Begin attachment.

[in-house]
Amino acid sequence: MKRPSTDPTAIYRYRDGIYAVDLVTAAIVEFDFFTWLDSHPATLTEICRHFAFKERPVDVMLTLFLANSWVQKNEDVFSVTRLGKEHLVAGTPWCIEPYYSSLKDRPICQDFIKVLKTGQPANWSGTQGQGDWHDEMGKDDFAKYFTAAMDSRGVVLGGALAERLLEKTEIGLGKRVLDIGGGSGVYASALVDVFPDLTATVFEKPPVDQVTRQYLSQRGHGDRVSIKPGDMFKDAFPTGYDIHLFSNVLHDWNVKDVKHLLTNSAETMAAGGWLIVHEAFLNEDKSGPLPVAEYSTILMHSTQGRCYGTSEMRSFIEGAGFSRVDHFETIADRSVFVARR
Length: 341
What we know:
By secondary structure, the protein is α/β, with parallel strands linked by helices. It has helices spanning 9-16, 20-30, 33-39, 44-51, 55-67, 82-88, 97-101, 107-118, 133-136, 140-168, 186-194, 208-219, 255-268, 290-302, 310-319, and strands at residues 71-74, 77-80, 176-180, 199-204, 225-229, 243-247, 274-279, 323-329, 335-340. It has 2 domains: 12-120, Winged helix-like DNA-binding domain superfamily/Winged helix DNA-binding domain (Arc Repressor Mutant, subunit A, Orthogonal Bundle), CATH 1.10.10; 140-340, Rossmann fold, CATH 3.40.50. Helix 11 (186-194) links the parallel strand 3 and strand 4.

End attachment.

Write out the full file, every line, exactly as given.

[in-house]
Amino acid sequence: MKRPSTDPTAIYRYRDGIYAVDLVTAAIVEFDFFTWLDSHPATLTEICRHFAFKERPVDVMLTLFLANSWVQKNEDVFSVTRLGKEHLVAGTPWCIEPYYSSLKDRPICQDFIKVLKTGQPANWSGTQGQGDWHDEMGKDDFAKYFTAAMDSRGVVLGGALAERLLEKTEIGLGKRVLDIGGGSGVYASALVDVFPDLTATVFEKPPVDQVTRQYLSQRGHGDRVSIKPGDMFKDAFPTGYDIHLFSNVLHDWNVKDVKHLLTNSAETMAAGGWLIVHEAFLNEDKSGPLPVAEYSTILMHSTQGRCYGTSEMRSFIEGAGFSRVDHFETIADRSVFVARR
Length: 341
What we know:
By secondary structure, the protein is α/β, with parallel strands linked by helices. It has helices spanning 9-16, 20-30, 33-39, 44-51, 55-67, 82-88, 97-101, 107-118, 133-136, 140-168, 186-194, 208-219, 255-268, 290-302, 310-319, and strands at residues 71-74, 77-80, 176-180, 199-204, 225-229, 243-247, 274-279, 323-329, 335-340. It has 2 domains: 12-120, Winged helix-like DNA-binding domain superfamily/Winged helix DNA-binding domain (Arc Repressor Mutant, subunit A, Orthogonal Bundle), CATH 1.10.10; 140-340, Rossmann fold, CATH 3.40.50. Helix 11 (186-194) links the parallel strand 3 and strand 4.